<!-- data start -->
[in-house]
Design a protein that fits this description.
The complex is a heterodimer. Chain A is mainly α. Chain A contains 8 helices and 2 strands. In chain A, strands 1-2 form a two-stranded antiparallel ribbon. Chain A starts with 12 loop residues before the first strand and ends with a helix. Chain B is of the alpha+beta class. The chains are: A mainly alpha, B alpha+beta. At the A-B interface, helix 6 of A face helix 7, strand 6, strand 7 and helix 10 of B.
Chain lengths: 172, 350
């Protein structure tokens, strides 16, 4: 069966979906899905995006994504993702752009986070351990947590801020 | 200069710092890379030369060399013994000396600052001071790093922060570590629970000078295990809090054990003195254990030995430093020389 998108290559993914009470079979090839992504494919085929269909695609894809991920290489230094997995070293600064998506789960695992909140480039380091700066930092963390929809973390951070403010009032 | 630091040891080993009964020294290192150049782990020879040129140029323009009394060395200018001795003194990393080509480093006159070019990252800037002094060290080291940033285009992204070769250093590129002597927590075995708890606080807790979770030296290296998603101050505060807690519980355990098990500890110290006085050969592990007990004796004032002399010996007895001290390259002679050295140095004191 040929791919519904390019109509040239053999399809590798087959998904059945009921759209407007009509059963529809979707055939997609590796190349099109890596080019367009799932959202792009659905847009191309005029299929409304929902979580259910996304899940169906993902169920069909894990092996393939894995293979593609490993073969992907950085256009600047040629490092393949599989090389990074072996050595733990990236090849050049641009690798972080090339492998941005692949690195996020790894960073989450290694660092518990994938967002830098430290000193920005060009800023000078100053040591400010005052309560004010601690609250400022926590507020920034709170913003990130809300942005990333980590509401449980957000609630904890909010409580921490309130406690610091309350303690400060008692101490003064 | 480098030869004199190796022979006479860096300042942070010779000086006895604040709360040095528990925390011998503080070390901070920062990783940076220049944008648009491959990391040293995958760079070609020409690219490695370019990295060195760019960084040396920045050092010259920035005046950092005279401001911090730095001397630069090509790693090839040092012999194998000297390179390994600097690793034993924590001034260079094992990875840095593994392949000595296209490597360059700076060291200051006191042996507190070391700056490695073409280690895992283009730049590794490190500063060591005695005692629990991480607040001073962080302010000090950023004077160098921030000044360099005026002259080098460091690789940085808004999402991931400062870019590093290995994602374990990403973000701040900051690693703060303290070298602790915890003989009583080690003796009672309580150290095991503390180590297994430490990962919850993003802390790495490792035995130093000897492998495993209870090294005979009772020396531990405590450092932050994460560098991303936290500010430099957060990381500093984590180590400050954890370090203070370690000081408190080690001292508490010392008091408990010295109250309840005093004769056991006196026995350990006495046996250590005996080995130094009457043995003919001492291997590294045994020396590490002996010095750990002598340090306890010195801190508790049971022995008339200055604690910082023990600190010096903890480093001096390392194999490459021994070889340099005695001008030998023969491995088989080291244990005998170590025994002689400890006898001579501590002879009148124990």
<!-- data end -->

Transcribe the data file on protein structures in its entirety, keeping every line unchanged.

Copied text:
[in-house]
Design a protein that fits this description.
The complex is a heterodimer. Chain A is mainly α. Chain A contains 8 helices and 2 strands. In chain A, strands 1-2 form a two-stranded antiparallel ribbon. Chain A starts with 12 loop residues before the first strand and ends with a helix. Chain B is of the alpha+beta class. The chains are: A mainly alpha, B alpha+beta. At the A-B interface, helix 6 of A face helix 7, strand 6, strand 7 and helix 10 of B.
Chain lengths: 172, 350
């Protein structure tokens, strides 16, 4: 069966979906899905995006994504993702752009986070351990947590801020 | 200069710092890379030369060399013994000396600052001071790093922060570590629970000078295990809090054990003195254990030995430093020389 998108290559993914009470079979090839992504494919085929269909695609894809991920290489230094997995070293600064998506789960695992909140480039380091700066930092963390929809973390951070403010009032 | 630091040891080993009964020294290192150049782990020879040129140029323009009394060395200018001795003194990393080509480093006159070019990252800037002094060290080291940033285009992204070769250093590129002597927590075995708890606080807790979770030296290296998603101050505060807690519980355990098990500890110290006085050969592990007990004796004032002399010996007895001290390259002679050295140095004191 040929791919519904390019109509040239053999399809590798087959998904059945009921759209407007009509059963529809979707055939997609590796190349099109890596080019367009799932959202792009659905847009191309005029299929409304929902979580259910996304899940169906993902169920069909894990092996393939894995293979593609490993073969992907950085256009600047040629490092393949599989090389990074072996050595733990990236090849050049641009690798972080090339492998941005692949690195996020790894960073989450290694660092518990994938967002830098430290000193920005060009800023000078100053040591400010005052309560004010601690609250400022926590507020920034709170913003990130809300942005990333980590509401449980957000609630904890909010409580921490309130406690610091309350303690400060008692101490003064 | 480098030869004199190796022979006479860096300042942070010779000086006895604040709360040095528990925390011998503080070390901070920062990783940076220049944008648009491959990391040293995958760079070609020409690219490695370019990295060195760019960084040396920045050092010259920035005046950092005279401001911090730095001397630069090509790693090839040092012999194998000297390179390994600097690793034993924590001034260079094992990875840095593994392949000595296209490597360059700076060291200051006191042996507190070391700056490695073409280690895992283009730049590794490190500063060591005695005692629990991480607040001073962080302010000090950023004077160098921030000044360099005026002259080098460091690789940085808004999402991931400062870019590093290995994602374990990403973000701040900051690693703060303290070298602790915890003989009583080690003796009672309580150290095991503390180590297994430490990962919850993003802390790495490792035995130093000897492998495993209870090294005979009772020396531990405590450092932050994460560098991303936290500010430099957060990381500093984590180590400050954890370090203070370690000081408190080690001292508490010392008091408990010295109250309840005093004769056991006196026995350990006495046996250590005996080995130094009457043995003919001492291997590294045994020396590490002996010095750990002598340090306890010195801190508790049971022995008339200055604690910082023990600190010096903890480093001096390392194999490459021994070889340099005695001008030998023969491995088989080291244990005998170590025994002689400890006898001579501590002879009148124990």